There has been lately any number of articles reappraising India’s policy towards China with special reference to the 1962 debacle. Mr. Subrata Mukherjee’s excellent two-part article, ‘Twisted Truth’ published in The Statesman on 6-7 December is most recent. However there is a common fallacy gaining ground that needs correction.
Jawaharlal Nehru’s grievous errors of policy that led to the debacle against China are these days widely acknowledged. From that the facile assumption is drawn sometimes that an adversarial policy towards China at that period of time was mistaken. However India erred not by confronting China but doing so stupidly on the false assumption that Beijing would never respond militarily. Nehru was naïve enough to believe that after he had personally facilitated China ’s permanent membership of the UN Security Council Beijing would never take to arms against India. Subsequently his pathetic ignorance about military realities led to the debacle.
The problem with current commentators of the 1962 debacle is that they speak only with hindsight. Their common fallacy is that it was Nehru’s follies and not Chinese perfidy that rendered Sino-Indian confrontation inevitable. Whatever Nehru’s mistakes it cannot be ignored that China committed serious breach of trust betraying treacherous intent by secretly constructing a road in disputed territory. Mr. Mukherjee writes that the construction of the road came to light in 1957 and “could not be ignored by India ”. He fails to mention that Nehru did not appraise in time Parliament about the road construction and thereby arguably committed breach of privilege. Nor can one gloss over China’s hegemonic role in Tibet.
Nehru’s errors arose through grievous miscalculation of Chinese intent compounded by his pathetic ignorance of military affairs. But what needs to be pointed out is that Nehru’s errors were only part of the failure. An error of judgment was displayed by the entire Indian political establishment before 1962. Not only Nehru but the entire Indian political class deserves blame for what occurred in 1962. The media and the political opposition were seriously remiss in not extracting accountability from the government when disaster was staring nation in the face.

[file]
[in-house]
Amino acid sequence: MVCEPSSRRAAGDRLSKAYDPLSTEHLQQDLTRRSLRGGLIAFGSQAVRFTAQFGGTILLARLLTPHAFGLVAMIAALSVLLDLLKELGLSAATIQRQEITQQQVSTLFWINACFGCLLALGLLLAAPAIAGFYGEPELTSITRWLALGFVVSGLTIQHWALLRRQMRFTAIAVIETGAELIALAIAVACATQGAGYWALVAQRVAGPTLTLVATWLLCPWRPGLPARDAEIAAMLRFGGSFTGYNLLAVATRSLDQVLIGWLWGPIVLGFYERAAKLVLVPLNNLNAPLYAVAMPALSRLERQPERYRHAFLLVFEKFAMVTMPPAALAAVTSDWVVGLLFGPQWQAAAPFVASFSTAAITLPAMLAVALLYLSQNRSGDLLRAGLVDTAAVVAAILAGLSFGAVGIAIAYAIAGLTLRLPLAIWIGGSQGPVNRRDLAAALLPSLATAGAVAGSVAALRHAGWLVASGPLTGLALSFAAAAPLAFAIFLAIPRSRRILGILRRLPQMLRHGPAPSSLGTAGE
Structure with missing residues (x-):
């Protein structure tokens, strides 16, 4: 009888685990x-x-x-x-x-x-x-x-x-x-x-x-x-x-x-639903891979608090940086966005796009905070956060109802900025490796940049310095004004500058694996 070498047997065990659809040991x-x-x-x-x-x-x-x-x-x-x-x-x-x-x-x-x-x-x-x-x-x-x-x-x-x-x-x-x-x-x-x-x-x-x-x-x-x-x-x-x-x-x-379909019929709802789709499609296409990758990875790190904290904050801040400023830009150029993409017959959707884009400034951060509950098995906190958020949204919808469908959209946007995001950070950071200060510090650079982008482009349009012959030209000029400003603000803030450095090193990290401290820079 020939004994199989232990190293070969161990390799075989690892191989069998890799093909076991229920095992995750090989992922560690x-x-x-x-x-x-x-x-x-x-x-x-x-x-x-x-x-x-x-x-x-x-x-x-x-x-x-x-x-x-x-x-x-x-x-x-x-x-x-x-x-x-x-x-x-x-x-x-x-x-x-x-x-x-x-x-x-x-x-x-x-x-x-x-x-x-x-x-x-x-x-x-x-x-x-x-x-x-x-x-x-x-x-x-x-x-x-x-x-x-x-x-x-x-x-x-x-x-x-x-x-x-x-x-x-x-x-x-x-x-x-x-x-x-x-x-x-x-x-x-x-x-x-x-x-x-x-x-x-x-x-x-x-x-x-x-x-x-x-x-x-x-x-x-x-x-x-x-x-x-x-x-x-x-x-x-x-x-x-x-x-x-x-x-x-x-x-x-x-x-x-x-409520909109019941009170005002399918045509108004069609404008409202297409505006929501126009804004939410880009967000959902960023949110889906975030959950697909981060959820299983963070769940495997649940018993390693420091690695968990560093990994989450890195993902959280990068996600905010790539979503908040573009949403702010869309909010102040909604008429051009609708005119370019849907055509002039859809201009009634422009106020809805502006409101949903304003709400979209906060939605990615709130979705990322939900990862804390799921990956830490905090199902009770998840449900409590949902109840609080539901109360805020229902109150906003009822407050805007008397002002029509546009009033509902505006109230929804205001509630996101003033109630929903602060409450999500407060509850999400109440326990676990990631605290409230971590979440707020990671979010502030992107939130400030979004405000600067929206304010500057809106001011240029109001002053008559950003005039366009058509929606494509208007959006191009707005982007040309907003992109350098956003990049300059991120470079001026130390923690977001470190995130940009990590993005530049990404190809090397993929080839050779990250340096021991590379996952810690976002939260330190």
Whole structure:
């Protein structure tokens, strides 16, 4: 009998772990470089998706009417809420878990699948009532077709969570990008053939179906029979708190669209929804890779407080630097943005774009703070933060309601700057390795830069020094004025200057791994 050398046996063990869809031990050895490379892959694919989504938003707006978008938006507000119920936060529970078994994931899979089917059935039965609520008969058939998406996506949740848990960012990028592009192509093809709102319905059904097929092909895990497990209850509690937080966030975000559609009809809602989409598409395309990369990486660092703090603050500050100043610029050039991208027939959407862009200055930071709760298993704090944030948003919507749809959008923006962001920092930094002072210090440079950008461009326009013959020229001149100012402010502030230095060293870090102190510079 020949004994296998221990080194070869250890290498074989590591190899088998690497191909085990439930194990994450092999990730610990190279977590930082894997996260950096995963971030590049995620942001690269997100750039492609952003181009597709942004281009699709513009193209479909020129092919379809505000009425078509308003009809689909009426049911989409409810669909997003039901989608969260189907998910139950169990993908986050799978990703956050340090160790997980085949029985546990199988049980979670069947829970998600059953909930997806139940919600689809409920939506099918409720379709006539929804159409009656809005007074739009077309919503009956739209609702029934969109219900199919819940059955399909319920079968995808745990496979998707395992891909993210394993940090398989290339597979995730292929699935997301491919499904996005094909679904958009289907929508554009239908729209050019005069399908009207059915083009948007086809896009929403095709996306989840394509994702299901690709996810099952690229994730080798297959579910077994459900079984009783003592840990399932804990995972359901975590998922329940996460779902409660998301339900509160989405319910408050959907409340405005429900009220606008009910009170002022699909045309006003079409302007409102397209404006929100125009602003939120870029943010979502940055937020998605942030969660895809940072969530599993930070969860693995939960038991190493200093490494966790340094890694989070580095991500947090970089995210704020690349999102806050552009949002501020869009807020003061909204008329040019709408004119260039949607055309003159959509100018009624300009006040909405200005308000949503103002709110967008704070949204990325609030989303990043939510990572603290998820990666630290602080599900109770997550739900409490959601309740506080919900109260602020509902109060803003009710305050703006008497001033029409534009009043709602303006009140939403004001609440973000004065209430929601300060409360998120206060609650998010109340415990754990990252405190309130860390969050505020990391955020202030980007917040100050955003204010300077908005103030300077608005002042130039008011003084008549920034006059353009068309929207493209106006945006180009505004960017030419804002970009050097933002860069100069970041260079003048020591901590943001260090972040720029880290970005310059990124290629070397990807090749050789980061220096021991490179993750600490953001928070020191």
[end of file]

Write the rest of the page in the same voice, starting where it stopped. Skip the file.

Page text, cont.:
Mr. Mukherjee in his article has recalled the comments of Mr. Neville Maxwell. The latter has dwelt at length on the British legacy on the Sino-Indian boundary to blame India for the military engagement. He glossed over China ’s annexation of Tibet based upon dubious legality and Beijing ’s treachery displayed towards the Dalai Lama. Mr. Mukherjee in his article has also recalled the reactions to the 1962 engagement by various Indian opposition leaders including Lohia, Ragapolachari, Deen Dayal Uppadhaya and others. He seems to suggest that a gung-ho attitude of these leaders caused Nehru to blunder into ill-prepared military engagement.
The error of opposition leaders lay in the fact that they did not extract democratic accountability as they ought to have done so. They were entirely correct in assessing lack of India ’s military preparedness, China’s adversarial intent and Nehru’s tragic euphoria. Where they erred was in not ruthlessly demanding the accountability that lies at the very heart of democratic functioning. Nehru’ stature and the awe that surrounded his persona precluded the demand for his resignation. But it should have been clear to them that his continuation in office was an invitation to national disaster. This was so not because it led to a military engagement with China but that it led to a military engagement by a criminally ill-prepared army.
I take the liberty of reproducing from what I wrote on May 21, 1960 after Zhou En-lai visited India for talks with Nehru:
“Zhou En-lai has come and gone and we are no nearer an honourable settlement than we were. In Mr. Nehru’s words, we must learn to put up with a live border problem on our north-eastern frontier for the next thirty to forty years To put it differently, the situation on our northern frontier has ceased to be fluid – at least in our favour – and may well crystallize into a status quo… This is therefore as good a time as any for Mr. Nehru to resign from the Prime Ministership… It may be argued that Mr. Nehru showed the ideally firm stance in his latest meeting with the Chinese Prime Minister, that he may well prove himself to be the ablest exponent of the country’s new firm line on China , and therefore his resignation would be meaningless sacrifice at the altar of vindictiveness. This is not so. In mature democracies, the need for new methods calls for new men.”
If any politician or media commentator made this obvious democratically justified demand I would like to be enlightened. I know of none. Then why blame Nehru alone?
What have we learnt from the past?
If two years before the 1962 defeat such change had occurred, history would have been different. Need one repeat that in democracy one needs to speak with foresight and not with hindsight?
All this needs to be recalled because currently we seem to repeat past mistakes. We are expanding an adversarial trade with China to create vested corporate interests that could compel our government to accept unequal terms from Beijing that jeopardize national interest. The boundary dispute is not the cause of the Sino-Indian problem but its consequence. The border dispute can be easily resolved. What seems to defy solution is China’s willingness to accept India’s legitimate sphere of influence by ceasing to arm our neighbours, by ceasing to subvert our nation and by ceasing to afford aid and sanctuary to insurgents and separatists operating against our nation.
These warnings have been repeatedly made in these columns.
Such warnings were ignored before 1962.
They are being ignored today.